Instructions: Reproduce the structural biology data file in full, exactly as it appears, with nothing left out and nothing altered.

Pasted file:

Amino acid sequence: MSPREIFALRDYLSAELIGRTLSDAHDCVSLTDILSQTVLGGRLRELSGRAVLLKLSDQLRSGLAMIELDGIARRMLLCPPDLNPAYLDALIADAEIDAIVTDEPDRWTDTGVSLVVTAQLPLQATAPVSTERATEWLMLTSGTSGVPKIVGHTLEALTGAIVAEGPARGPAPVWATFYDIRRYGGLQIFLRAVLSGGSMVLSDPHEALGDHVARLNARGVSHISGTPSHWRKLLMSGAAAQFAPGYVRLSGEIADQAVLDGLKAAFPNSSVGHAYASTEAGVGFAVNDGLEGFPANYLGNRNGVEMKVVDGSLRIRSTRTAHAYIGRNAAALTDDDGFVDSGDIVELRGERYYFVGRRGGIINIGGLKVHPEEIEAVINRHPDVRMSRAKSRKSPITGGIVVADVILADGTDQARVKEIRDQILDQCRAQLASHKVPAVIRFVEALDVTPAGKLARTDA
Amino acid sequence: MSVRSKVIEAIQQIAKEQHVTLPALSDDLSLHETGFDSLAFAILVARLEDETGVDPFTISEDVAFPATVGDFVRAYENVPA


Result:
Amino acid sequence: MSPREIFALRDYLSAELIGRTLSDAHDCVSLTDILSQTVLGGRLRELSGRAVLLKLSDQLRSGLAMIELDGIARRMLLCPPDLNPAYLDALIADAEIDAIVTDEPDRWTDTGVSLVVTAQLPLQATAPVSTERATEWLMLTSGTSGVPKIVGHTLEALTGAIVAEGPARGPAPVWATFYDIRRYGGLQIFLRAVLSGGSMVLSDPHEALGDHVARLNARGVSHISGTPSHWRKLLMSGAAAQFAPGYVRLSGEIADQAVLDGLKAAFPNSSVGHAYASTEAGVGFAVNDGLEGFPANYLGNRNGVEMKVVDGSLRIRSTRTAHAYIGRNAAALTDDDGFVDSGDIVELRGERYYFVGRRGGIINIGGLKVHPEEIEAVINRHPDVRMSRAKSRKSPITGGIVVADVILADGTDQARVKEIRDQILDQCRAQLASHKVPAVIRFVEALDVTPAGKLARTDA
Amino acid sequence: MSVRSKVIEAIQQIAKEQHVTLPALSDDLSLHETGFDSLAFAILVARLEDETGVDPFTISEDVAFPATVGDFVRAYENVPA